We Must Keep Our Promise if the Affordable Care Act is to Work

This article was written by Patricia Baker, president & CEO of the Connecticut Health Foundation.

Connecticut has every reason to be proud of itself. Access Health CT (AHCT), the state’s insurance marketplace, anticipates exceeding its goal by enrolling more than 185,000 residents in health insurance since enrollment. The Connecticut Health Foundation (CT Health) applauds everyone that came together to make this work. Navigators, in-person assisters, health care providers, community-based organizations, policymakers, brokers, friends, family and others made a tremendous effort to get us to that 185,000 number. Connecticut is rightfully recognized as a leader in implementing the Affordable Care Act (ACA).

Although Connecticut is a leader in health reform implementation, it is not keeping its promise to all Connecticut residents. Having health insurance is not the same as having access to care. For example, what about the 28 percent of consumers, determined eligible for Medicaid, who cannot access care because their applications haven’t been processed? In other words, is 72 percent good enough?  We’ve promoted these great new insurance benefits on radio, television, online and in newspapers, encouraging residents to apply for health insurance. Unfortunately, many enrolled residents cannot yet access these benefits.

At the Root of the Issue

At the root of the problem is the process for enrollment, coupled with technology.  AHCT and the Department of Social Services (DSS) systems currently do not communicate and interface – requiring a manual hand-off of forms. Also, DSS is working with a 25-year old legacy computer systems that is woefully inadequate, as validated in the Mercer Report. DSS spent $20 million to modernize the system.  In order to leverage the systems available, The Centers for Medicaid & Medicare Services (CMS) approved the creation of a manual system between DSS and AHCT. A paper file (PDF) comes out of one system (DSS), and is handed off to Xerox to enter data, which is then linked up to AHCT’s system. Also, incomplete applications get caught up in the system—needing human intervention—often delaying the process for some applicants. Delays can also be attributed to technical problems, and system sweeps in the Federal health exchange hub, which also links up to the Connecticut system. Connecticut must prioritize fixing the system to ensure accuracy and expediency in securing Medicaid enrollment.

 The No Wrong Door Approach Can Solve the Problem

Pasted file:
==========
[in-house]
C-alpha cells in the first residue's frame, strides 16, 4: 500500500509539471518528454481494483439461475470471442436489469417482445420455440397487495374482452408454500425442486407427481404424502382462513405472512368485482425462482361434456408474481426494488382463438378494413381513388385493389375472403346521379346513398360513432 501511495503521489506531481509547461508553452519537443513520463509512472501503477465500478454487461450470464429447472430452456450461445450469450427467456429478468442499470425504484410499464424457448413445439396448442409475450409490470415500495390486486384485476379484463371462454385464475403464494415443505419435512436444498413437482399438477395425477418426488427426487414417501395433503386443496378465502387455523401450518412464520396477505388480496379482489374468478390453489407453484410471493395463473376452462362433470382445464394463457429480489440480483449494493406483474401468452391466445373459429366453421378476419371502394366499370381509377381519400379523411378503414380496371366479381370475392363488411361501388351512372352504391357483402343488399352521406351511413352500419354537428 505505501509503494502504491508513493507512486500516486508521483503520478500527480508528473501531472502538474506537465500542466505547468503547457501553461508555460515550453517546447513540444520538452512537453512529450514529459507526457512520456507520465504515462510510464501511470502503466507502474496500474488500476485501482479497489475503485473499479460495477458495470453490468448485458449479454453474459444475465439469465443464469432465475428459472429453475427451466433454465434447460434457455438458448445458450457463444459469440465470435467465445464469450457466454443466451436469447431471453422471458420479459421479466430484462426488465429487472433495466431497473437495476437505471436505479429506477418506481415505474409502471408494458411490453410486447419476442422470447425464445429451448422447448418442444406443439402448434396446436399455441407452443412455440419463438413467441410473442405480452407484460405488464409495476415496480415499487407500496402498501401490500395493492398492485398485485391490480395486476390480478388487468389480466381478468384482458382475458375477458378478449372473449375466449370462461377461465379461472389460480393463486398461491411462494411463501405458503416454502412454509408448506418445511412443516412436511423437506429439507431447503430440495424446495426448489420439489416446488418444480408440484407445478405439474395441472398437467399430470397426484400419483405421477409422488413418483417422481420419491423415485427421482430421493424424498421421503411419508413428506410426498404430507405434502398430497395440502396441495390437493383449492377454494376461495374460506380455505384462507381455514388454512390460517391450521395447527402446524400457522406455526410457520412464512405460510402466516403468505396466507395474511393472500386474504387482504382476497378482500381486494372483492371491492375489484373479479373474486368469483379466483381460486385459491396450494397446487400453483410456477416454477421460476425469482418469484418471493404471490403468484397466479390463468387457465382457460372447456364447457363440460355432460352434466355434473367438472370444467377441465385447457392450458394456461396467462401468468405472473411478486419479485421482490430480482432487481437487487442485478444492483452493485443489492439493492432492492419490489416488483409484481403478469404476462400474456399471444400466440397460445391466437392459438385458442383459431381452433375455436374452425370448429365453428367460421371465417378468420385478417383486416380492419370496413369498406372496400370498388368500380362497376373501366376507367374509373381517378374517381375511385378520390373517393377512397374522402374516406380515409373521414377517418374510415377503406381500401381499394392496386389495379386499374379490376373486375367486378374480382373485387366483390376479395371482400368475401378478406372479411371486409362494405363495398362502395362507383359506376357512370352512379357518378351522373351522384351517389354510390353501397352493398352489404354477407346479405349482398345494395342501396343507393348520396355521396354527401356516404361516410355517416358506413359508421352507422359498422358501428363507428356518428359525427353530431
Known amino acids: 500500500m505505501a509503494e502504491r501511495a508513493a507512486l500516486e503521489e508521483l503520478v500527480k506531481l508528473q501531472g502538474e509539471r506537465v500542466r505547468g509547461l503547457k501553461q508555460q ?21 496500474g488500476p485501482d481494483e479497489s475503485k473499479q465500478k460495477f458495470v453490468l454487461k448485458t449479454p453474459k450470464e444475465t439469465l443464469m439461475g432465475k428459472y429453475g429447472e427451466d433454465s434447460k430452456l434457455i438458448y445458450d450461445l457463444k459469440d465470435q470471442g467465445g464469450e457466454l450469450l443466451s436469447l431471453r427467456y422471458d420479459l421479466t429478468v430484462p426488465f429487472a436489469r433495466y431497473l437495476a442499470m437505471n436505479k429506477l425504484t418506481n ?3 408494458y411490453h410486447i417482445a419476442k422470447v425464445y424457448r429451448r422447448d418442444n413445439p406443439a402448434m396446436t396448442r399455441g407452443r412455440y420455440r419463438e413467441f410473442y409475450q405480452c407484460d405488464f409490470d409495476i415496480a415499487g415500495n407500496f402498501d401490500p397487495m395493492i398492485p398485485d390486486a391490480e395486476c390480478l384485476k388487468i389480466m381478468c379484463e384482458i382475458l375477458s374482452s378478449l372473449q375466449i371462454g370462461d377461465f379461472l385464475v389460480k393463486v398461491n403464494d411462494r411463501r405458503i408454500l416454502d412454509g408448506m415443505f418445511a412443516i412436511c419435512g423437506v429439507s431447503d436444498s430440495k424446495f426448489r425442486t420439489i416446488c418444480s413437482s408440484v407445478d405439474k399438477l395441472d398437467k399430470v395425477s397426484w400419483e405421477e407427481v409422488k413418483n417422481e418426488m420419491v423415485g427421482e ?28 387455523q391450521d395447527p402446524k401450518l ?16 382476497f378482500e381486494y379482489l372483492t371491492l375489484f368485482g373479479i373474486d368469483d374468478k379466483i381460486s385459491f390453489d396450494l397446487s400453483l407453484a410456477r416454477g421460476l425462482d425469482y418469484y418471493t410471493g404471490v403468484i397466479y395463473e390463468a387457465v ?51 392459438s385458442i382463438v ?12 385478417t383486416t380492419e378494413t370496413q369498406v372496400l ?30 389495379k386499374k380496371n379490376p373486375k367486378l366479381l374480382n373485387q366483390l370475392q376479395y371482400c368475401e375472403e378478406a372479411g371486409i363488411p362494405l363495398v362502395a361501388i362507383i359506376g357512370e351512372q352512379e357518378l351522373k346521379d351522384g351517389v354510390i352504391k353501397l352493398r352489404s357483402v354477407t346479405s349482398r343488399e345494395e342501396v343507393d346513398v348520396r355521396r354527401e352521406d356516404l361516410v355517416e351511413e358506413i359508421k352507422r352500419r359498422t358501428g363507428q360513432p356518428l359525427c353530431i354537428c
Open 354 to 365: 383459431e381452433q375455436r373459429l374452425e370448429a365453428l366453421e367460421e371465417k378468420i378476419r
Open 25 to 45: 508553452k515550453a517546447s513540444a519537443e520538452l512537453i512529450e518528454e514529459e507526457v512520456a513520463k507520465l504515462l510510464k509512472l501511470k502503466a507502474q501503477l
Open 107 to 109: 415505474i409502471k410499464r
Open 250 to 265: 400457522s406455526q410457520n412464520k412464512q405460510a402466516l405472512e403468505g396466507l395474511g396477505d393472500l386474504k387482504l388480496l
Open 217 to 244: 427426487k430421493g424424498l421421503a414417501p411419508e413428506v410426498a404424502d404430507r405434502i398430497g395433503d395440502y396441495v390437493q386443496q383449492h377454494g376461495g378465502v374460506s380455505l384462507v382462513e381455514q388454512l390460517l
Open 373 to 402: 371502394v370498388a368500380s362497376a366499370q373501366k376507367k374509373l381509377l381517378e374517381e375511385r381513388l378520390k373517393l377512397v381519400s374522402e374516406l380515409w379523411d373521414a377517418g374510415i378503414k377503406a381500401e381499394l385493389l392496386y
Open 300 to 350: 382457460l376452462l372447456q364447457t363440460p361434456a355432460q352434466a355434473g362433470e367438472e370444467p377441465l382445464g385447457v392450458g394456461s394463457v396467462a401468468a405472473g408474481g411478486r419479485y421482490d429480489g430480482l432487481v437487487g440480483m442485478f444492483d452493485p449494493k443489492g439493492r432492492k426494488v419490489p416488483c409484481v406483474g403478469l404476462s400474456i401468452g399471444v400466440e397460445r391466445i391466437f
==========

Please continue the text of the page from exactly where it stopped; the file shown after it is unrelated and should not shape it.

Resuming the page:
Connecticut committed to implementing the No Wrong Door (NWD) approach (infographic) by the end of 2015. With NWD in place, that 72 percent could grow to 100 percent. However, the gap between the two systems leads to wrong doors.

Under the current system, individuals and families may knock on different doors for health insurance coverage, many of which may not open, preventing them from getting covered. Under NWD, every door is the right door. Consumers can apply online, telephone, storefronts, and more, and be routed smoothly to the right place. State officials envision the AHCT and DSS websites will eventually be consolidated into a single portal. Robust technology alone, however, is not enough. A strong navigator and in-person assister network is essential to building trust and designing culturally-specific outreach strategies to reach hidden, uninsured populations in their communities.

Helping More People of Color Gain Better Access to Quality Health Care

The implications for NWD are significant for people of color who, prior to the ACA, made up 65 percent of the state’s uninsured residents.

According to policy research from the Urban Institute (commissioned in 2013), NWD is critical for achieving the goals of the ACA in terms of covering, and keeping covered, people who are currently uninsured. In Connecticut, NWD would result in:

Short-term and Long-term Recommendations for Keeping the Promise for Everyone

Connecticut needs to stop thinking in terms of privately insured vs. publicly insured when it comes to our residents. Instead, there needs to be a change in perspective so that residents are seen as the same membership. DSS and AHCT are charged with enrolling all residents. How do we achieve this vision?

To keep the promise, Connecticut must commit to:


The ACA promises coverage that can lead to longer, healthier lives for Connecticut families. The goal of Connecticut is to be a leader in the good health and well-being of its residents, not in having the best numbers.

Connecticut can keep the promise of good health through full implementation of NWD. NWD won’t be in place until 2015. For now, the philosophy of NWD should guide how the state provides immediate assistance and problem solving to diverse consumers as it continues to enroll people.




[1] Levin Becker, Arielle. “Access Health CT marketing Obamacare “exchange in a box.” The CTMirror.org. April 1, 2014. http://ctmirror.org/access-health-developing-a-new-ct-export-insurance-exchanges/